While many people are reacting to the fact that our normal busyness came to a screeching halt, Roberson says, this could be a time to do things you usually don’t make time to do, such as gardening, cleaning out closets or starting a new hobby.
This is also a chance to play board games, do puzzles, read a book, enjoy adult coloring books and craft.
"Be playful," Roberson says. "We don’t take the time to play."
Think about something you’ve always wanted to do and make a plan to do it once social isolation ends. It could be planning a trip or trying something new. "Something to give you hope," Roberson says.
Realize that there may be unexpected emotional lows during this time. "If you need, take a moment to grieve the loss of your former independence and freedom," Roberson says. "Do so, and then move on from that."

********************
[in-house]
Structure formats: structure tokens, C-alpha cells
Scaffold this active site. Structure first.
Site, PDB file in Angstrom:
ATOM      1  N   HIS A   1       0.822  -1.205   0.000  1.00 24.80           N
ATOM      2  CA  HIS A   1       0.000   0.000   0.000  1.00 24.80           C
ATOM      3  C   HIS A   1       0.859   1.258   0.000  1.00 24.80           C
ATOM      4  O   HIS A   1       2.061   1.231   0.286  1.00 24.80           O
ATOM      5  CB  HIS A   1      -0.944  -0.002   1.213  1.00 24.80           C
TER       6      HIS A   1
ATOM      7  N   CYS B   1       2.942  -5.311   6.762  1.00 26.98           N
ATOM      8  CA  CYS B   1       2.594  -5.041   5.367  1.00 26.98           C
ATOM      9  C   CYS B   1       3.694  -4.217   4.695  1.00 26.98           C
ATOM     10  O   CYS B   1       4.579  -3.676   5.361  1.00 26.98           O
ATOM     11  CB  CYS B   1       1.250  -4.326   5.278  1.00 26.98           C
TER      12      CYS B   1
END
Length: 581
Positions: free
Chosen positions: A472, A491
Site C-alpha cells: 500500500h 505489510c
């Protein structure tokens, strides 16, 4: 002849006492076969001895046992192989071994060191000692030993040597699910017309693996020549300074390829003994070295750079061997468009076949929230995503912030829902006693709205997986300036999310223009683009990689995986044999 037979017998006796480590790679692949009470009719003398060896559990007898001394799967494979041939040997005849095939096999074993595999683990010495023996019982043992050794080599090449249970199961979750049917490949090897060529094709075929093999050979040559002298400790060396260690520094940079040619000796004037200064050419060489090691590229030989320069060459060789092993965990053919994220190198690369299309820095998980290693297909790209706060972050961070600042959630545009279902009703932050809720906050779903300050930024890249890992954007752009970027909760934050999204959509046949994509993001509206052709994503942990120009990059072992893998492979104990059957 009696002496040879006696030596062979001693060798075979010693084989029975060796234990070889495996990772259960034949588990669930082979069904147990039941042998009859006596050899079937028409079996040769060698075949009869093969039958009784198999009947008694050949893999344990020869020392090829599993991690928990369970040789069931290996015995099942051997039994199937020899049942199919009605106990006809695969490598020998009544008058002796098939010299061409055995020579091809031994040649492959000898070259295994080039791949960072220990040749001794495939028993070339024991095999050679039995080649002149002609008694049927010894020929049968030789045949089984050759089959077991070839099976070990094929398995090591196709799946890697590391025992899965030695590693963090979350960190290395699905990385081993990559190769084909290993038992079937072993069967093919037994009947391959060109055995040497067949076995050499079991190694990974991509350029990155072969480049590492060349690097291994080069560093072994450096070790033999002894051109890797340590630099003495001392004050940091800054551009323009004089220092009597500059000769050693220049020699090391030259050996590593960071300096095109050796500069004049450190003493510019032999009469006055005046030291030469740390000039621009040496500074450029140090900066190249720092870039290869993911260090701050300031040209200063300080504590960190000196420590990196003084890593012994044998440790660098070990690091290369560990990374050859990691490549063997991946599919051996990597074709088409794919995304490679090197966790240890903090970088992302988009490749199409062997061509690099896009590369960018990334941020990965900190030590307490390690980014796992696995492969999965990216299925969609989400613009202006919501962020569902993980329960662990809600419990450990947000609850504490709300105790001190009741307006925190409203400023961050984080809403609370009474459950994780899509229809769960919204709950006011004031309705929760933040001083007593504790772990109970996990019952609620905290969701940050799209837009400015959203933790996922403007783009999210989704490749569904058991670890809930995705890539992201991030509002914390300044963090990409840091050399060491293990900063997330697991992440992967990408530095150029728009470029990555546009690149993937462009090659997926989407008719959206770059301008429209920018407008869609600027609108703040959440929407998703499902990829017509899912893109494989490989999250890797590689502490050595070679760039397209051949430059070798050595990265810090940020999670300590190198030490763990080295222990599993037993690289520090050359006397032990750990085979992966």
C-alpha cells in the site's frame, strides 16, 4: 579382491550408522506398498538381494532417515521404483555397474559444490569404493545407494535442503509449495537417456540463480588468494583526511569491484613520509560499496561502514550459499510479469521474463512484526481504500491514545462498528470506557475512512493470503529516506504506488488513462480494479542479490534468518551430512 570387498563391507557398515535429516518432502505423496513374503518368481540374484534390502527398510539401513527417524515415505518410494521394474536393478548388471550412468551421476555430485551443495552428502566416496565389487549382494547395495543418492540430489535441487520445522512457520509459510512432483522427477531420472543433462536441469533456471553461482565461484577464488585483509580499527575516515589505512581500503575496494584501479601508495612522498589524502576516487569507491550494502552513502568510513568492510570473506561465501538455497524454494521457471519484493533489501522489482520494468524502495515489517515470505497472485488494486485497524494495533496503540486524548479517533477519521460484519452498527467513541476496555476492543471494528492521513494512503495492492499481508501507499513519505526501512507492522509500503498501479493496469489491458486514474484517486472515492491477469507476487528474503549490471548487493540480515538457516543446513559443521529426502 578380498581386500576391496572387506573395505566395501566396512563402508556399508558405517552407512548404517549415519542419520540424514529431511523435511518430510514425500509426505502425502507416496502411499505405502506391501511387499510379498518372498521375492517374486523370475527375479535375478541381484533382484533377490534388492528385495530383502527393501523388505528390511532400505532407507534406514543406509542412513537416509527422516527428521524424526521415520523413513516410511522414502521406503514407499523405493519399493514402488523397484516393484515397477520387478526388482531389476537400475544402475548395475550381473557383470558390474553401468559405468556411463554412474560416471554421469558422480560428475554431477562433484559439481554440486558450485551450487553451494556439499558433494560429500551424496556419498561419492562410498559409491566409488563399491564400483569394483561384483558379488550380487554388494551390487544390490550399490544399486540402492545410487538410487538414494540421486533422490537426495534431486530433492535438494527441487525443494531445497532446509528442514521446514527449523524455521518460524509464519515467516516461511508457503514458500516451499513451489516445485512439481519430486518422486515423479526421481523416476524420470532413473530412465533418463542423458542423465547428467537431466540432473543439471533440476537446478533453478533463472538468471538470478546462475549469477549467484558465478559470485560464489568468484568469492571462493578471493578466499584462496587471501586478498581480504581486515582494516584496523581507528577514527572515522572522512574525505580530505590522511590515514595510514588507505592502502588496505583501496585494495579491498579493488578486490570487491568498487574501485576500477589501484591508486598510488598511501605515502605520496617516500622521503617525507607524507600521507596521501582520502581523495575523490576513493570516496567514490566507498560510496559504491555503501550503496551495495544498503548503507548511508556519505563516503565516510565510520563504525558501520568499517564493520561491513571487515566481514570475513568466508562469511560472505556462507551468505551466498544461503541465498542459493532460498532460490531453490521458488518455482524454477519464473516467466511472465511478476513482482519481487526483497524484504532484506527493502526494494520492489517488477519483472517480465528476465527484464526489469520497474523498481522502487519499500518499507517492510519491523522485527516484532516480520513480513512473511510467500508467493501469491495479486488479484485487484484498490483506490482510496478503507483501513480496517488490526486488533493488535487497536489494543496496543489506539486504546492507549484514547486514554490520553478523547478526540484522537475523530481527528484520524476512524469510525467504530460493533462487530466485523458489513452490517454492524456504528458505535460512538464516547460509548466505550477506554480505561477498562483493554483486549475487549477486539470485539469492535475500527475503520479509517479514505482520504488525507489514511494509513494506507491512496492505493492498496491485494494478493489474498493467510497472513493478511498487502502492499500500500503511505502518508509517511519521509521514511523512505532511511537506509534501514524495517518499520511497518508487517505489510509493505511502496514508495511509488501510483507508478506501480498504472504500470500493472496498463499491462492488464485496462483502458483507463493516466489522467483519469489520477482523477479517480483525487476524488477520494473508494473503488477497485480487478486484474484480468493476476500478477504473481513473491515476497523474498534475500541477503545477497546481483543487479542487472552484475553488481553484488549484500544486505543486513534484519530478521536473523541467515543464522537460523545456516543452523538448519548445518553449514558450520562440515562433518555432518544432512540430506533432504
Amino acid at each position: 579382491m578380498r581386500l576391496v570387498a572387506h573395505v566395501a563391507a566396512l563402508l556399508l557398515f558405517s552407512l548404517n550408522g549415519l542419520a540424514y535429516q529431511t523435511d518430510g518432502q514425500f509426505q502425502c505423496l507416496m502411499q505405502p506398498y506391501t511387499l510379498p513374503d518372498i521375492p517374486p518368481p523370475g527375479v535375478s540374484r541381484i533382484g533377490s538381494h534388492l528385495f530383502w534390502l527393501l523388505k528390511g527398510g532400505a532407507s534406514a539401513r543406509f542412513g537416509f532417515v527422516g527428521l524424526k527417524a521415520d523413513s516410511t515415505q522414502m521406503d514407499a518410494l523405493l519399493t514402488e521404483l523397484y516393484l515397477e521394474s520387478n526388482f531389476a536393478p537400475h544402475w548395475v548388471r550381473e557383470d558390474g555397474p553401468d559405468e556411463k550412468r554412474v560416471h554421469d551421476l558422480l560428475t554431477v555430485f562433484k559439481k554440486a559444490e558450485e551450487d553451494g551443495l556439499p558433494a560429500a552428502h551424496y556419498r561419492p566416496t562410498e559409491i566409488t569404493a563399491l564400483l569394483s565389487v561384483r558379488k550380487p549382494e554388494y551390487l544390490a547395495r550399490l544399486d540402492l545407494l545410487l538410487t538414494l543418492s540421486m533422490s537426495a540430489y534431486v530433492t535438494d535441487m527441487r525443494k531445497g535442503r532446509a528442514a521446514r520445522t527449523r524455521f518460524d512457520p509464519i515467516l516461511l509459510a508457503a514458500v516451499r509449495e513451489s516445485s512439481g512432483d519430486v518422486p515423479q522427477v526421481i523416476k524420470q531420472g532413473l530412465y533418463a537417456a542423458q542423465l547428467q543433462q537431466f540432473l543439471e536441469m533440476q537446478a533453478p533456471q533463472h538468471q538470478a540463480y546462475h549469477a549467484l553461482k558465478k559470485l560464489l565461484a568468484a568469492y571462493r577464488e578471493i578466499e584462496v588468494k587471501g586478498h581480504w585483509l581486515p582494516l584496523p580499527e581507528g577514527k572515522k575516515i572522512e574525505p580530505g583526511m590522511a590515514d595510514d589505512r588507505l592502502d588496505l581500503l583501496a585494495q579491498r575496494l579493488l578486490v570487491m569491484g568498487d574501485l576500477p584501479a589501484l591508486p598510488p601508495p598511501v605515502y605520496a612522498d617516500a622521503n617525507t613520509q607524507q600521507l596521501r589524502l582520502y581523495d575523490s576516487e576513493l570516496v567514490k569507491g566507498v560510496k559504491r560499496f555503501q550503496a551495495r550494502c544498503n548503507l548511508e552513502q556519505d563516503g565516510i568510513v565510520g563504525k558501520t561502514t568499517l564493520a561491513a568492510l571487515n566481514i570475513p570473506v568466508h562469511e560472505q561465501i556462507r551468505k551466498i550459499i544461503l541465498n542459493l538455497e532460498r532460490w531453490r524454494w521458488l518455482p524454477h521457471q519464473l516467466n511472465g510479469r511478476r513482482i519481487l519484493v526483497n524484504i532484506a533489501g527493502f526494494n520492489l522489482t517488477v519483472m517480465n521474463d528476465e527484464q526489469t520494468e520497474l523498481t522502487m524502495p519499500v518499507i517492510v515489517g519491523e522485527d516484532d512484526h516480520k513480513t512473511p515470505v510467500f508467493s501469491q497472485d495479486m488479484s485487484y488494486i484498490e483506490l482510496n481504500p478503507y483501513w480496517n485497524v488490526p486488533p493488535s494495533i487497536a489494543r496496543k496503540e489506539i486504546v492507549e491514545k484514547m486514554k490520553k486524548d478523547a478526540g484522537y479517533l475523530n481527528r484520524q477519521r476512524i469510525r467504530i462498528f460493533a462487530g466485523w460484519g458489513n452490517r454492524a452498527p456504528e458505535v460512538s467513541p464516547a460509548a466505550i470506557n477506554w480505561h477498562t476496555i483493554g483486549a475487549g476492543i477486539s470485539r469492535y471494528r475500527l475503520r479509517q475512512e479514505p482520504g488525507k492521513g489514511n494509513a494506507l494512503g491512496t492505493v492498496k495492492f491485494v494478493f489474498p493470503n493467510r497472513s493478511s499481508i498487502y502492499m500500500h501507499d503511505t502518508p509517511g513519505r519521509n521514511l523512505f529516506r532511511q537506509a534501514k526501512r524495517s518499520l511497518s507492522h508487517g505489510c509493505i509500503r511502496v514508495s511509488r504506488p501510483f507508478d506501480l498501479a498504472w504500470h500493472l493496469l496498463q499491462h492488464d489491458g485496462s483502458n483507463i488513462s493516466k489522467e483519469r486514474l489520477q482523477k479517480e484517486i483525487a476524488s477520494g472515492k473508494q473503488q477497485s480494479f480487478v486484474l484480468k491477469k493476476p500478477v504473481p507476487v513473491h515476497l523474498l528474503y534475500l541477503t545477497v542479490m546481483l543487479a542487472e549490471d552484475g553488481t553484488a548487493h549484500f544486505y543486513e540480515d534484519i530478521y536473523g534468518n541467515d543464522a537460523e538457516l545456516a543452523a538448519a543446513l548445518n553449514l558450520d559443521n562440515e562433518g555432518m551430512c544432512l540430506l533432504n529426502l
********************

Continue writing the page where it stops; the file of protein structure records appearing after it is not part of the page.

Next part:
Be mindful of your levels of anxiety or depression and those of your family members. Pay attention to the level of impairment, Chase says. How are basic daily functions going, like eating, sleeping, showering and getting dressed?
"A lot of people are in the home, so pajamas are going to be what we do, but we all have a limit," Chase says. Not brushing your teeth for days or not showering could be a warning sign.
As could not reaching out to talk or text with anyone, not finding pleasure in playing with a dog or taking a walk like you used to or having emotional outbursts of anger or sadness repeatedly.
And, of course, self-harm or ideas around suicide are warning signs. That’s when you need to seek help.
Many counseling offices, like Thriveworks, are doing more and more sessions by video conference calls or by the telephone right now. You don’t have to worry about infection risks to get help.